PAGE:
Adam Nitti Technique: Using the “Doubling” Method For Increasing Your Speed
Hello, and welcome to my first article for Bass Musician Magazine! I’m excited to be a part of this new online publication, and I hope that you will leave here with a new concept or approach that might help you on your quest to become the best bass-playing musician you can be!
For my first submission, I thought I’d address one of the topics that I get asked about frequently at my bass clinics: How to increase speed and dexterity. Whether you have been playing for 30 days or 30 years, chances are that you wouldn’t mind acquiring some more technical headroom in order to perform more fluidly and effortlessly on stage or in the studio. Although I could write many volumes on the subject of further developing technique, I thought I’d share just one of the most effective and simple ways I have found to break through speed barriers on the instrument in this installment. I hope this simple approach will help you as much as it has helped me in the past.
Before I get into the specifics here, first I must offer a short disclaimer… The methods and mechanics of exercises like these are purely technique-driven, and are designed only for the purpose of helping you with the synchronization between your 2 hands if you are interested in being able to play with more speed and dexterity. By continuing on, you accept the responsibility of making the MUSIC your priority on the gig and in the studio, and recognize that you are to practice these exercises for technique’s sake only… You vow to leave your rehearsed shapes and patterns in the practice shed, and allow the inspiration and spontaneity of the musical moment be your sole guide in choosing how you will express yourself on your instrument in performance settings… You hereby pledge allegiance to the groove, of the united strings, and to the bass, with musical liberty and justice for all. OK, ok. Enough ranting, already. Now I’m going just a little TOO far… 😉
A lot of us have turned to the metronome, drum machine, or some other external clock source for help with increasing our speed and cleanliness on the fingerboard. By starting with very slow tempos, and playing exercises that challenge our dexterity, we can slowly work up to speed progressively and incrementally, until the point at which we hit our ‘breaking point’, or ‘maximum tempo’ for the exercise. This is where things start to fall apart technically, and we lose our ability to play the exercise or phrase with any consistency anymore. For example, using this popular approach, you might take a one octave major scale, and play through it at an eighth note pace starting at 60 bpm, and then raise the metronome setting at 10 bpm increments until you reach the point at which you can no longer play the scale with perfect accuracy.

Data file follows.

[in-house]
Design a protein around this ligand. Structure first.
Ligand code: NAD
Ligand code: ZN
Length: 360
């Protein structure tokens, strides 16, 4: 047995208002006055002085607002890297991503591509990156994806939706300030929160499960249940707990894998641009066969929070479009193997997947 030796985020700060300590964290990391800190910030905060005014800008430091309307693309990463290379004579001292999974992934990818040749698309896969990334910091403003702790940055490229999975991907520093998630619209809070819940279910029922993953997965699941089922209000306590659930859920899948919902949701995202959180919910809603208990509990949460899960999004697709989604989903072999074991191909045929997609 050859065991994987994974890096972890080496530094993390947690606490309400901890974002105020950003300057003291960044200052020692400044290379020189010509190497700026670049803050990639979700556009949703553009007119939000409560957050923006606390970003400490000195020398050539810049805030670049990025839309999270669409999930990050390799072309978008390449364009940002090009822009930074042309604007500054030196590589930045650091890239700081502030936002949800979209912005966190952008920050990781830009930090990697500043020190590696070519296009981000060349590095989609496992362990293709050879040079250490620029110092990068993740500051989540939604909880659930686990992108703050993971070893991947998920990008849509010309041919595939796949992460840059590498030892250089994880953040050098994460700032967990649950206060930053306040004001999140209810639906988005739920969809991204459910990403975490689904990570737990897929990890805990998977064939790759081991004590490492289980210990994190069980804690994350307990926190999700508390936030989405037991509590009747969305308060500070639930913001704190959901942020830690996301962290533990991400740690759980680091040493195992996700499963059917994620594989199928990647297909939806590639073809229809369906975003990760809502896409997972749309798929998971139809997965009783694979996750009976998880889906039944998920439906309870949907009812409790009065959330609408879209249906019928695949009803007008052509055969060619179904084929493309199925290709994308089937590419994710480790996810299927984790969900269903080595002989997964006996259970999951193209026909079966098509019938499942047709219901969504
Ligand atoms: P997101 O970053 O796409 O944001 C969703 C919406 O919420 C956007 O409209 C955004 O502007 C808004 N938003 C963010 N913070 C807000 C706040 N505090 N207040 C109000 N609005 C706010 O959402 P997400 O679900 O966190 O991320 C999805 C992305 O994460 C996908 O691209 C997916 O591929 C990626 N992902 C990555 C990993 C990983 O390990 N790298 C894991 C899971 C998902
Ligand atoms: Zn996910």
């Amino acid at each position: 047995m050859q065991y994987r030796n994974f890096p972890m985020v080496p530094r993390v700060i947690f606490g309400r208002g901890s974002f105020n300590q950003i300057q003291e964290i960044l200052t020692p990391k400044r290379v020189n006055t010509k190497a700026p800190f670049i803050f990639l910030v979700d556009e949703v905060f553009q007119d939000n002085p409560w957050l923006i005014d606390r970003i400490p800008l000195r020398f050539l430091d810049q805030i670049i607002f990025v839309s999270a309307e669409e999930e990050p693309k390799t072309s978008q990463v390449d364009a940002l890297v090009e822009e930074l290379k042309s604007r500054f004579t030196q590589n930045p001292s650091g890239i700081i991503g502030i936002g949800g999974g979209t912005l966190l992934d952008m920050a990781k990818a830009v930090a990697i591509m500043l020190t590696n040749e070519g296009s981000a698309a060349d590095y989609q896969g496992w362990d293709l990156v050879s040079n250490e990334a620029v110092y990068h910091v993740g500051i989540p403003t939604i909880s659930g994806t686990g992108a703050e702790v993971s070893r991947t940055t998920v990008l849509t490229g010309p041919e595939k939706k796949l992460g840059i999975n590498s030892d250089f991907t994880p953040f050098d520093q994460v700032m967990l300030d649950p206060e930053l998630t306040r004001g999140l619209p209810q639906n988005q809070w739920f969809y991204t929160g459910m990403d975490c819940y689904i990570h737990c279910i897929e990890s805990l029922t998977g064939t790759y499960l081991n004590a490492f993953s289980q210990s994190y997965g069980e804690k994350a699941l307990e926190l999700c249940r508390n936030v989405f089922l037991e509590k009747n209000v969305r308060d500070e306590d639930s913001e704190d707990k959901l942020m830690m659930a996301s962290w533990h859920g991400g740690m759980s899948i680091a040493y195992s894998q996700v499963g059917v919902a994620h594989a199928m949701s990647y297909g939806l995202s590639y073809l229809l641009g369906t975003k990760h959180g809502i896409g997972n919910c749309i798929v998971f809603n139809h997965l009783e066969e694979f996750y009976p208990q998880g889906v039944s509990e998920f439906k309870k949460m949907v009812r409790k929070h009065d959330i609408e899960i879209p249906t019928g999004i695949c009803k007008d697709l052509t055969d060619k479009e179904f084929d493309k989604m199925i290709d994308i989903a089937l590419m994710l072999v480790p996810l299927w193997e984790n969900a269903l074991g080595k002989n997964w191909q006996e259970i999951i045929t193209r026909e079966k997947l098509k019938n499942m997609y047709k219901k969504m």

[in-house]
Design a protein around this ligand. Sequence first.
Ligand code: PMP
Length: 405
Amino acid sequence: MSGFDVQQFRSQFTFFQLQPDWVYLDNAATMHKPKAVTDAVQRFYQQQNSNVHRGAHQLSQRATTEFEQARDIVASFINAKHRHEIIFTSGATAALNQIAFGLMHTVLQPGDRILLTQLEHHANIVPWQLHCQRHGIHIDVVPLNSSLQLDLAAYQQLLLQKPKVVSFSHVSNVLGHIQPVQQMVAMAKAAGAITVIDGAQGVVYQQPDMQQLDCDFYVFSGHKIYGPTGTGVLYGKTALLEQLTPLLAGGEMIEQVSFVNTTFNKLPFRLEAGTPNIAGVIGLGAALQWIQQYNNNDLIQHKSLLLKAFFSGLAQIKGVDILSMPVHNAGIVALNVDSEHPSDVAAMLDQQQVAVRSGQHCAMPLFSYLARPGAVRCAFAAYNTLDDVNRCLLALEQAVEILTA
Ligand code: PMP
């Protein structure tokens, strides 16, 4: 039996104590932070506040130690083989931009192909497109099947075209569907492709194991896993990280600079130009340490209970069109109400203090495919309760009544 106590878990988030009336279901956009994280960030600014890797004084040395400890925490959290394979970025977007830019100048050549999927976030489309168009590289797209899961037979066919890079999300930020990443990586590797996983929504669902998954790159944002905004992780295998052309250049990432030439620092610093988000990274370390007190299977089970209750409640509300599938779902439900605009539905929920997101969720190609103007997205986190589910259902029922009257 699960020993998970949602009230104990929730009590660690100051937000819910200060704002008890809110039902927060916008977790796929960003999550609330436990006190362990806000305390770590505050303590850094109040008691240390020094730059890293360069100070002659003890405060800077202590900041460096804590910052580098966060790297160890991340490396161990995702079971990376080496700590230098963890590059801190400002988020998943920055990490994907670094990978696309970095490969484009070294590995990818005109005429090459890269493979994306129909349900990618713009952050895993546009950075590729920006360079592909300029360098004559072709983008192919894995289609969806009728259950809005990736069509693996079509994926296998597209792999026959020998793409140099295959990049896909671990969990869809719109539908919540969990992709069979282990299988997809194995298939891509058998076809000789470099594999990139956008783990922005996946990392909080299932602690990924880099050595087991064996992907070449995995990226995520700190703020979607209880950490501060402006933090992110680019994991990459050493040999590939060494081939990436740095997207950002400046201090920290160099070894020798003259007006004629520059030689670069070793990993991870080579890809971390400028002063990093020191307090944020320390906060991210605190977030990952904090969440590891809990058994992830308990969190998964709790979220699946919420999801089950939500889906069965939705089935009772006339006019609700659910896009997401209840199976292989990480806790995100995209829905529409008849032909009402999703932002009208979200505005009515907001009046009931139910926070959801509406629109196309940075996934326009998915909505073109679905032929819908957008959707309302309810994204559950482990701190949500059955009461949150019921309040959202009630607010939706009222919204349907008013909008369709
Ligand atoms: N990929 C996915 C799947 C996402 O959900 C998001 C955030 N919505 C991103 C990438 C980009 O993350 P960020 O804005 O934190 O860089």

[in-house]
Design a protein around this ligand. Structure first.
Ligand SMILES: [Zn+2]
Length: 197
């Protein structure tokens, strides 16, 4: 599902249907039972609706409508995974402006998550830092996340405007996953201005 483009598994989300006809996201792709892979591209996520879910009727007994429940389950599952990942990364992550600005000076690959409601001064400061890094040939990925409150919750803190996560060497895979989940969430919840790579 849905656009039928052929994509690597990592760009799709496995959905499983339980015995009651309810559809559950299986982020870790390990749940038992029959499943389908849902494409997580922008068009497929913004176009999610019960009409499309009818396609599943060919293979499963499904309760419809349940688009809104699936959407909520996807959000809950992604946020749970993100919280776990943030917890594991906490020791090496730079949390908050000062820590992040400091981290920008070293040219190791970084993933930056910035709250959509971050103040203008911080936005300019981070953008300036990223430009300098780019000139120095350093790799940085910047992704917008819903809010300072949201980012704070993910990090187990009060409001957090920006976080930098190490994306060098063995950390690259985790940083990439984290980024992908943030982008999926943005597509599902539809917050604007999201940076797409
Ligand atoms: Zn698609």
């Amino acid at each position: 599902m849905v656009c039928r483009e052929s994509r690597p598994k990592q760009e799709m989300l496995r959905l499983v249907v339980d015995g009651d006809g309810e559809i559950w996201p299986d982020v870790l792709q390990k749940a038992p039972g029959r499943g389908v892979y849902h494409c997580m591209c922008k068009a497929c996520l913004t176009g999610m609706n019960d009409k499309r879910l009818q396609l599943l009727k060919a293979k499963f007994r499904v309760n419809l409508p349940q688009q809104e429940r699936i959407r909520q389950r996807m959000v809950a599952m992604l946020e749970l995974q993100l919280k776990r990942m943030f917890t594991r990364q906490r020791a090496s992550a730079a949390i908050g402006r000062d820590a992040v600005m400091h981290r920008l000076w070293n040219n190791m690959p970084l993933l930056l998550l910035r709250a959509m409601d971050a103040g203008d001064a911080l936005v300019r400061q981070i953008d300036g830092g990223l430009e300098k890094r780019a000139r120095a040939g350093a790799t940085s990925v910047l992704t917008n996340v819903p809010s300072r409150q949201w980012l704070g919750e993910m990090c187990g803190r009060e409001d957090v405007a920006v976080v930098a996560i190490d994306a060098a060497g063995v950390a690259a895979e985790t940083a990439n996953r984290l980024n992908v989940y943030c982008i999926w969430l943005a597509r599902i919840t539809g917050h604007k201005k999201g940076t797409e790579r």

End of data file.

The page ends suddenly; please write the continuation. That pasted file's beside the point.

This is a viable and widely used method, but in my experience I have found that even this approach has its limitations when trying to break through your current tempo-oriented boundaries. This is because our mind and hands actually get conditioned to the repetitive process of a progressive tempo increase over time, and we actually find that the ‘wall of our maximum tempo’ feels impossible to break through, no matter how many times in a week we revisit it by working our way up the ‘metronomic’ ladder.
I’ve spent a lot of time and study trying to figure out how our brains work with respect to our bass-playing potential and limitations. What I have found is that often our methods of conditioning will establish predictable limitations. This is partly because we mentally carry the expectation that our limit is fast approaching as we work through the increasing speeds of the exercises we practice. In fact, we often develop a sense of anxiety while we are practicing in this way, in anticipation of reaching what we expect to be our breaking point as we watch the tempo settings on our metronome or drum machine; subsequently, we end up mentally preparing for our breaking point as it draws near with every passing increase in tempo. Although it might sound rather silly or unorthodox, I have found tremendously greater success in trying to ‘trick’ my mind into performing at a more proficient level than I would have obtained by staying completely conscious of each incremental increase using the aforementioned approach.
Ok…. I hear each of you sighing and scratching your heads. This tangent I’ve gone off on has by now started to sound like gibberish, I’m sure… So, in an effort to actually illustrate what the heck I’m rambling about let me give you an example of how you might ‘trick’ your mind or ‘shock’ your system into reaching the next level of dexterity on the bass!